It should be noted that these tests were conducted in a filter press membrane electrolytic cell which utilized a single double faced anode sandwiched between two half-faced cathodes. Thus, the anolyte disengager had a single riser or first flow conduit and a single downcomer or a second flow conduit connected in fluid flow communication with the anode. Similarly, the catholyte disengager was connected to both cathodes and therefore had two risers or first flow conduits and two downcomers or second flow conduits, thereby establishing the fluid flow communication. As shown in FIG. 4 by the graphs T1 and T2 which plot the data in Tables I and II, it was found that by restricting the electrolyte return flow through the second flow conduit, the foaming level in the anolyte disengager 35 could be decreased.
The objective of the design of the cell in the present Example was to obtain a maximum flow rate of electrolyte fluid between the disengagers and their respective electrodes without exceeding the capacity of the disengagers. This effectively prevented foam from overflowing and blowing out of the gas flow conduit which creates undesireable pressure surges in the cell. The liquid level within the disengagers also had to be kept at a sufficiently deep level to prevent a vortex from forming that would suck the electrolytic product gas down into the electrode while the liquid electrolyte was recycled through the downcomer or second flow conduit from the disengager back to the electrode. Thus, the overall purpose of designing an electrolytic cell which utilized as narrow a disengager as possible without exceeding the capacity of the disengager could be accomplished by use of any variable restrictor apparatus in the second flow conduit to prevent blow-over of foam into the gas flow conduit during operation.
As can be seen from the data, the designed height of the disengager is a function of the height of foam that occurs within the disengager during operation. Within physical limits, the variable flow restrictor in the second flow conduit permits the maximum flow rate of electrolyte to be obtained during recirculation without having the foaming level exceed the capacity of the disengager.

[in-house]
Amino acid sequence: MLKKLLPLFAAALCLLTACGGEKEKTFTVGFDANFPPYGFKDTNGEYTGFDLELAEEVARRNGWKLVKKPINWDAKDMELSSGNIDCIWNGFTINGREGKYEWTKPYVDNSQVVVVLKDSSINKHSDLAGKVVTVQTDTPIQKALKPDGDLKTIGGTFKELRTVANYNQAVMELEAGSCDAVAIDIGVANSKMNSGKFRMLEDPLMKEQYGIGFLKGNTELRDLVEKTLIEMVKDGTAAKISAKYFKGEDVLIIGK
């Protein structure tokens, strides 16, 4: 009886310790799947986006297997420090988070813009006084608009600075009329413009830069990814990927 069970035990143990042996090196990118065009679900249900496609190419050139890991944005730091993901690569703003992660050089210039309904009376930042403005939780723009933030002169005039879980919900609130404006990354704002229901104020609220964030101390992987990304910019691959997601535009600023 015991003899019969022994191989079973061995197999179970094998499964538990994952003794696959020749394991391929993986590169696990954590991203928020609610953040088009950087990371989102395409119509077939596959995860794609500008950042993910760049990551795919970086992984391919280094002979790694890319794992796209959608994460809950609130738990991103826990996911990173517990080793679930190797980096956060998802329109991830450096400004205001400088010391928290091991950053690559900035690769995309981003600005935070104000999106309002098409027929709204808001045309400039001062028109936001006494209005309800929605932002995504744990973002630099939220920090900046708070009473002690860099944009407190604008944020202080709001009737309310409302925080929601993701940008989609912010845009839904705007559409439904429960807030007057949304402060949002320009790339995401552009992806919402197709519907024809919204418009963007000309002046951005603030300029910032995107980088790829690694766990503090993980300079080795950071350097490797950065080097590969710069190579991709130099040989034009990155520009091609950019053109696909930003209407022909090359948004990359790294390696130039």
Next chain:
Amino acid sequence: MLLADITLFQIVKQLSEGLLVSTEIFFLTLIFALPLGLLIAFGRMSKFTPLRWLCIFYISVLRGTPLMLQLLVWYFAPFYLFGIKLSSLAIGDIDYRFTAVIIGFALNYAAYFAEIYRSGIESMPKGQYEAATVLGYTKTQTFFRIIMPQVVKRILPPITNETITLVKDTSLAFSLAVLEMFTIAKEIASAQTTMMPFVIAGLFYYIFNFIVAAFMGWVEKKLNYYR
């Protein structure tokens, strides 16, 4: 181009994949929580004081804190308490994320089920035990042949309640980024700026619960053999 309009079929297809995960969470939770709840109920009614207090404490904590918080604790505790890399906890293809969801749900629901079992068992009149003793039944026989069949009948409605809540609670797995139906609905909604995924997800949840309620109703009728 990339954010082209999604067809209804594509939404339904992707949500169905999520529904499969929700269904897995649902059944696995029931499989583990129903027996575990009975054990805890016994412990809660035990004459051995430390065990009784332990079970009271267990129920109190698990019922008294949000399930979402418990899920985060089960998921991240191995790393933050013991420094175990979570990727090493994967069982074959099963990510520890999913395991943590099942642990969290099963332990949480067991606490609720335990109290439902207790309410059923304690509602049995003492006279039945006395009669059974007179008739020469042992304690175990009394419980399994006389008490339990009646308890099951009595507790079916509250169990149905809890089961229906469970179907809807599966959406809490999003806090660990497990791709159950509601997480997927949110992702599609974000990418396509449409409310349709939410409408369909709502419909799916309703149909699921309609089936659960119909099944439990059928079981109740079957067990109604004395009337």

TABLE I (T1)______________________________________ Foam Foam Liquid Level Depth Flow Level (Inch- (Inch- Flow Rate Time (Inches) es) es) Meter (GPM)______________________________________T0 1.5 12.0 10.5 2.3 45T0 + 31 min. 2.5 12.0 9.5 2.3 45T0 + 36 min. 2.5 10.0 7.5 2.2 43T0 + 38 min. 3.5 9.5 6.0 2.2 41T0 + 48 min. 4.5 9.5 5.0 2.1 43T0 + 58 min. 2.5 10.5 8.0 2.2 45T0 + 60 min. 1.5 12.0 10.5 2.3 41T0 + 1 hr. 4 min. 3.5 9.0 5.5 2.1 41T0 + 1 hr. 6 min. 4.0 9.5 5.5 2.1 41T0 + 1 hr. 8 min. 4.5 9.5 5.0 2.1 41T0 + 1 hr. 13 min. 6.0 10.5 4.5 2.1 41T0 + 1 hr. 14 min. 3.0 8.0 5.0 2.0 39T0 + 1 hr. 19 min. 4.0 7.0 3.0 1.8 35T0 + 1 hr. 21 min. 5.0 7.5 2.5 1.5 29T0 + 1 hr. 30 min. 5.0 6.0 1.0 1.3 25T0 + 1 hr. 41 min. 5.0 6.0 1.0 1.0 19.6T0 + 1 hr. 46 min. 5.0 5.5 .5 1.0 19.6T0 + 1 hr. 54 min. 5.0 5.5 .5 0.9 19T0 + 2 hr. 6 min. 6.0 6.5 .5 0.9 18T0 + 2 hr. 21 min. 6.0 6.5 .5 0.9 18T0 + 3 hr. 56 min. 5.0 5.5 .5 0.8 16______________________________________
TABLE II (T2)______________________________________ Liquid Foam Foam Flow Level Level Depth Flow Rate Time (Inches) (Inches) (Inches) Meter (GPM)______________________________________T0 5.0 5.375 0.375 1.8 14T0 + 11 min. 5.25 6.0 0.75 3.1 25T0 + 15 min. 4.0 5.0 1.0 3.9 31T0 + 18 min. 4.5 6.0 1.5 4.3 34T0 + 20 min. 5.0 7.0 2.0 4.8 38T0 + 23 min. 4.0 6.0 2.0 5.1 41T0 + 29 min. 4.5 6.5 2.0 5.3 42T0 + 31 min. 3.5 5.75 2.25 5.5 44T0 + 33 min. 3.0 5.5 2.5 5.7 45T0 + 34 min. 4.0 6.0 2.0 5.9 47T0 + 35 min. 4.5 6.5 2.0 5.9 47T0 + 37 min. 5.0 7.0 2.0 5.9 47______________________________________
In operation, appropriate electrolyte fluid is circulated through the anode and cathode compartments of the anode and cathode frames which are arranged in alternating manner in the electrochemical cell 10. The electrolyte fluid is circulated so that from the cathode frame (not shown) the electrolyte fluid with entrained hydrogen gas and the appropriate caustic or alkali metal hydroxide rise up through riser 38 into the catholyte disengager 36. Within the disengager the entrained hydrogen gas separates from the electrolyte fluid, commonly known as a catholyte, and exits the catholyte disengager 36 through an appropriate conduit 33 to a gas handling system. The catholyte is recycled into the cathode frame by passing through a downcomer 32 on which a catholyte restrictor means 42 is appropriately mounted.
Similarly, electrolyte is permitted to circulate into the anolyte disengager 35 by rising up the anolyte riser 40 into the disengager 35 where the entrained chlorine gas bubbles are permitted to separate from the foaming anolyte fluid. The chlorine gas then passes into an appropriate conduit 34 and into the chlorine gas handling system. The anolyte fluid is recirculated down into each anode frame 11 via the anolyte downcomer 41. Appropriately mounted in the downcomer 41 is an anolyte restrictor means 44.